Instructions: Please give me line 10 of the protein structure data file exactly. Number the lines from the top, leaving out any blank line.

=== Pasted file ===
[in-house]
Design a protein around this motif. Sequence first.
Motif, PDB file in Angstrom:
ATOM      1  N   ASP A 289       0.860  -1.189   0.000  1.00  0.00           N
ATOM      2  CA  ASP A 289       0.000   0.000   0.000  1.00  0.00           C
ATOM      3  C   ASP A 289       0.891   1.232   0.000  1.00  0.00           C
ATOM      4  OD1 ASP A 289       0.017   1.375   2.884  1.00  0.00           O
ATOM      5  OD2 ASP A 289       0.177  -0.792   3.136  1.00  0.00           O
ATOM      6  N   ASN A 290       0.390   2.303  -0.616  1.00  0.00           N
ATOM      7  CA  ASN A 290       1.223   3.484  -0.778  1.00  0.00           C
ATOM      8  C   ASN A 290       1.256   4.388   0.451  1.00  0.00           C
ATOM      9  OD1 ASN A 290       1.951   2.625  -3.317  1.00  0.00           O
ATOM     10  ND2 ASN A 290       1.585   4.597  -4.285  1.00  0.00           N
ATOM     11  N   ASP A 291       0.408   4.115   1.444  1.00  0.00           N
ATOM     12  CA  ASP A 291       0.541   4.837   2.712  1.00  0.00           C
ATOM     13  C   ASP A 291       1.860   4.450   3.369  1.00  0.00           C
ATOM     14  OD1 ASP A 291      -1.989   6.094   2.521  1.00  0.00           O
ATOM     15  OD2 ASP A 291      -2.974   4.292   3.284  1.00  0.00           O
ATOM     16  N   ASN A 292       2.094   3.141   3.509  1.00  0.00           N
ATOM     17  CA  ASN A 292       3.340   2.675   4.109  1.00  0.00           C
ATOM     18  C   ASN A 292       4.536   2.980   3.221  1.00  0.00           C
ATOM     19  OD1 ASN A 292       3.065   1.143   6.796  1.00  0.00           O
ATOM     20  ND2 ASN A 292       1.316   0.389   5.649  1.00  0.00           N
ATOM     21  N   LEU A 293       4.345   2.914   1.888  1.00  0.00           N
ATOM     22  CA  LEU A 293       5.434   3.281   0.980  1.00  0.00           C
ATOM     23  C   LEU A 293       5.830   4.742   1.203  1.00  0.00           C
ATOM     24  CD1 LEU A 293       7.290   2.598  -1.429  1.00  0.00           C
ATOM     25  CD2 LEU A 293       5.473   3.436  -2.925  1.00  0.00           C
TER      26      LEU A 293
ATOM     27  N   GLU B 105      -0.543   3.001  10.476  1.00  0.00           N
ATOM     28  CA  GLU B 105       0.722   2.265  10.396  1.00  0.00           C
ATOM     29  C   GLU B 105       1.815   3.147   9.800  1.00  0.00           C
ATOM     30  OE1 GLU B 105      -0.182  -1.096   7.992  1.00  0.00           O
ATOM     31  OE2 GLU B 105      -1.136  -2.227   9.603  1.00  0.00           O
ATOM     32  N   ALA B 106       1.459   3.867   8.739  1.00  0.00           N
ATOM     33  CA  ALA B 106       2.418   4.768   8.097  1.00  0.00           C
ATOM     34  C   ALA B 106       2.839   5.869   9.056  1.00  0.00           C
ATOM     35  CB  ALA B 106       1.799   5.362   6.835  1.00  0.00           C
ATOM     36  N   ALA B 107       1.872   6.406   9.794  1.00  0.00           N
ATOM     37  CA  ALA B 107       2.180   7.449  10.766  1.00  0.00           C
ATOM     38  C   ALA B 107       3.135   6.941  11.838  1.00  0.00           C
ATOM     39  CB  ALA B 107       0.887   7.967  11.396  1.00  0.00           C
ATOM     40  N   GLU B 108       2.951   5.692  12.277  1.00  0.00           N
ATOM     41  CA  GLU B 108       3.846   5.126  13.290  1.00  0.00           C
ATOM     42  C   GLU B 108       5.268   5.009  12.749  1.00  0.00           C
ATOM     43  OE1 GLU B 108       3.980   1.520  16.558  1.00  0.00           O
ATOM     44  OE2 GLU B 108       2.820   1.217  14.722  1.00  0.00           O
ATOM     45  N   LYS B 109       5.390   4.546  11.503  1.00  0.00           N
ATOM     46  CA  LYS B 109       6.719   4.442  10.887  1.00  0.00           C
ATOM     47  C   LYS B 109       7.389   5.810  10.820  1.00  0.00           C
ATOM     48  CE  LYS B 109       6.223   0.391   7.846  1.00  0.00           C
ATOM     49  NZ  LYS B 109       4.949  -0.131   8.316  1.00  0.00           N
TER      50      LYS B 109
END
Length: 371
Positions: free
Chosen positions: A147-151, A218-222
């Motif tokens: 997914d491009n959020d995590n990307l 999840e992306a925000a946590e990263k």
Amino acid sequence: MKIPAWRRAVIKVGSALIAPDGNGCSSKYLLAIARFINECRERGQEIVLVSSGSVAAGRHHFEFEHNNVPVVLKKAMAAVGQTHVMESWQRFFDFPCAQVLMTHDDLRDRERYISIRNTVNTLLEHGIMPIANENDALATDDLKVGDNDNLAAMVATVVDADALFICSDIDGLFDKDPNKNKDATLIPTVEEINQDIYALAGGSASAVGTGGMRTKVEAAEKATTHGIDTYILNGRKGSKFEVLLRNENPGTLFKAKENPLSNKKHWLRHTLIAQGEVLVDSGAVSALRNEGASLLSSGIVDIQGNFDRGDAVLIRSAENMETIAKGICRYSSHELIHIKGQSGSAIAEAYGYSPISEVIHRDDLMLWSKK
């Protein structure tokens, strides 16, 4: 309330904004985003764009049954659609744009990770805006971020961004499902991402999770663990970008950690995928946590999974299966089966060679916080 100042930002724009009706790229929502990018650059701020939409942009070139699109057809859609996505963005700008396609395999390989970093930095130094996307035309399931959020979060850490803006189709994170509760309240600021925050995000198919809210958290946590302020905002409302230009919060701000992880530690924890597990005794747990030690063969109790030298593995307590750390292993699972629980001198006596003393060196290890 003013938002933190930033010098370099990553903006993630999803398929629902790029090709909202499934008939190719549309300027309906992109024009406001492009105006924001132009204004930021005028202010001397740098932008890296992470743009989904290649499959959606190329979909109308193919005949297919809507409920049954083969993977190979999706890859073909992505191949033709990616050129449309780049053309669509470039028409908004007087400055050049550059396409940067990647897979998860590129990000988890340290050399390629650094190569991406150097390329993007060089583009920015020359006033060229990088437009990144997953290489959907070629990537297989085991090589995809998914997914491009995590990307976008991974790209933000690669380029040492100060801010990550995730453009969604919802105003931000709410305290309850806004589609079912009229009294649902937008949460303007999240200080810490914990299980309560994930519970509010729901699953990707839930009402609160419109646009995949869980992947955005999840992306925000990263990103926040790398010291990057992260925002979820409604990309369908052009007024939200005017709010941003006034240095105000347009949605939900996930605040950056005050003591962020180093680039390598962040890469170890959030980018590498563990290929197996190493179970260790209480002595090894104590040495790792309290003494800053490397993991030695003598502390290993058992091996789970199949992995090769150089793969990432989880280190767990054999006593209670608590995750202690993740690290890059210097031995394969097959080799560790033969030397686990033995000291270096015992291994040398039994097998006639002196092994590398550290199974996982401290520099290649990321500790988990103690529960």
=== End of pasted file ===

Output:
ATOM      7  CA  ASN A 290       1.223   3.484  -0.778  1.00  0.00           C